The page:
Laparoscopic fundoplication


General anesthesia

The duration of the operation

1,5-2 hours

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Tutvu operatsioonijärgsete juhistega

Laparoscopic fundoplication is a surgery used to treat gastroesophageal reflux disease (GERD). GERD is a condition where the backflow of acid from the stomach into the esophagus causes heartburn, tooth decay, or a chronic cough. This can be caused by a weakened esophageal sphincter that is unable to prevent stomach contents from moving into the esophagus. Often, sphincter weakness is accompanied by esophageal hiatus, or diaphragmatic hernia.

Heartburn is a common problem that is usually treated with stomach acid suppressants such as omeprazole or pantoprazole. The symptoms of all patients do not respond to medical treatment, and in such cases, surgical treatment – laparoscopic fundoplication – is recommended.

The aim of the operation is to restore the mechanism of the valve between the stomach and the esophagus to prevent the backflow of stomach contents into the esophagus. The operation is always performed laparoscopically and under general anesthesia. The necessary instruments are introduced into the abdominal cavity through small wounds less than 10 mm in size.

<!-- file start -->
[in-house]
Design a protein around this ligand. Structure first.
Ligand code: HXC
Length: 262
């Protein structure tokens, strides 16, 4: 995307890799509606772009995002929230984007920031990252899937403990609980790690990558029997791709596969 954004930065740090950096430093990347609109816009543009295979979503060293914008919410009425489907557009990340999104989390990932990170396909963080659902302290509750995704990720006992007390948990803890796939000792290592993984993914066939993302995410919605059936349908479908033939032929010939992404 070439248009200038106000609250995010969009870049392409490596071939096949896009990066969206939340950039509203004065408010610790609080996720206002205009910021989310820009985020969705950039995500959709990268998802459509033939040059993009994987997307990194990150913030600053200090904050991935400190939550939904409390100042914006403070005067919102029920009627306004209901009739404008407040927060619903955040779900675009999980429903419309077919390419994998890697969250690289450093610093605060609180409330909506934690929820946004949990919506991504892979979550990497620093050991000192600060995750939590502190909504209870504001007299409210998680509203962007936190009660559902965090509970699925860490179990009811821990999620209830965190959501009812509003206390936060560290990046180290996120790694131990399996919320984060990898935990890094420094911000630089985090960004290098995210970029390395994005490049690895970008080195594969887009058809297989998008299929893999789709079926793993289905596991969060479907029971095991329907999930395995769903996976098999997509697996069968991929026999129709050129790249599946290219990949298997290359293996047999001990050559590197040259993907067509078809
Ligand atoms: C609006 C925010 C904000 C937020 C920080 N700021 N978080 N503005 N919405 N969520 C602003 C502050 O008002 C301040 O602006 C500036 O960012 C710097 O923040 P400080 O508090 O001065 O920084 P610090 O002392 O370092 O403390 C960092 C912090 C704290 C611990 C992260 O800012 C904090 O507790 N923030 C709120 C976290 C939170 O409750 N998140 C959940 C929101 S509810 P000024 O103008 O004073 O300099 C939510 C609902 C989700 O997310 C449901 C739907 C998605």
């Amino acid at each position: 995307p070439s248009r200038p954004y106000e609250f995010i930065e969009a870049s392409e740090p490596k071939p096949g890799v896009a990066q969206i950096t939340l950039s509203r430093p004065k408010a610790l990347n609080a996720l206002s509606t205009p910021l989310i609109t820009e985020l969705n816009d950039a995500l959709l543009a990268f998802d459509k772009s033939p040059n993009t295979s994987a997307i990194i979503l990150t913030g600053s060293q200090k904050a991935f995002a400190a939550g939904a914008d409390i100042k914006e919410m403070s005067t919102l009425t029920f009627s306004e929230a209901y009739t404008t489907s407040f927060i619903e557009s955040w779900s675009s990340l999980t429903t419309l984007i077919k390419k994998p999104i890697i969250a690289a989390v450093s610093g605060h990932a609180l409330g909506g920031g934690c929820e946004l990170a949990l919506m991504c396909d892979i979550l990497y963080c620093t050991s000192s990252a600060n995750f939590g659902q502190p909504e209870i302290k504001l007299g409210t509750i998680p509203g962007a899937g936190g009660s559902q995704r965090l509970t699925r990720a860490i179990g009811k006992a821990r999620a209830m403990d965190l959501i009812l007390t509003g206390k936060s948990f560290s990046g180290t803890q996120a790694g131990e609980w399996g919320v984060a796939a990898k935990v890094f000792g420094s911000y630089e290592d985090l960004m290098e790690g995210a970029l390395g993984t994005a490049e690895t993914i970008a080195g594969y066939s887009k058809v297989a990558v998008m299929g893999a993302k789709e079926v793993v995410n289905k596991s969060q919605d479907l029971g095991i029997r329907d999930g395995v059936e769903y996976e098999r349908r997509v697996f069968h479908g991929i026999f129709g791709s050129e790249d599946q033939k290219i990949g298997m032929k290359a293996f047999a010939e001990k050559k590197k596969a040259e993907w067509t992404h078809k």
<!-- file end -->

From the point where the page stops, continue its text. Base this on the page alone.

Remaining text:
Minimal surgical trauma ensures quick recovery after surgery. Most patients can go home the evening of the surgery.

The procedure includes the following steps:


The procedure is performed under general anesthesia. This means that the patient is asleep and does not feel pain.


The surgeon makes 4-5 small incisions in the abdomen, through which laparoscopic instruments and a camera are introduced into the abdominal cavity.

Carrying out fundoplication

The surgeon frees the area of the esophagus and the upper part of the stomach from the joints. An esophageal cuff, or cuff, is then formed around the upper part of the stomach, restoring the valve mechanism between the stomach and the esophagus to prevent stomach contents from flowing back into the esophagus. If there is a perineal hernia, it is always repaired as well.

Closing the incisions

After the procedure, the surgeon closes the incisions using self-dissolving intradermal sutures.

The decision of surgical treatment is made considering the nature and intensity of the patient’s complaints and their impact on the quality of life. In order to choose the right treatment strategy, detailed instrumental examinations such as gastroscopy or computed tomography may be necessary. A thorough consultation always precedes the decision of surgical treatment.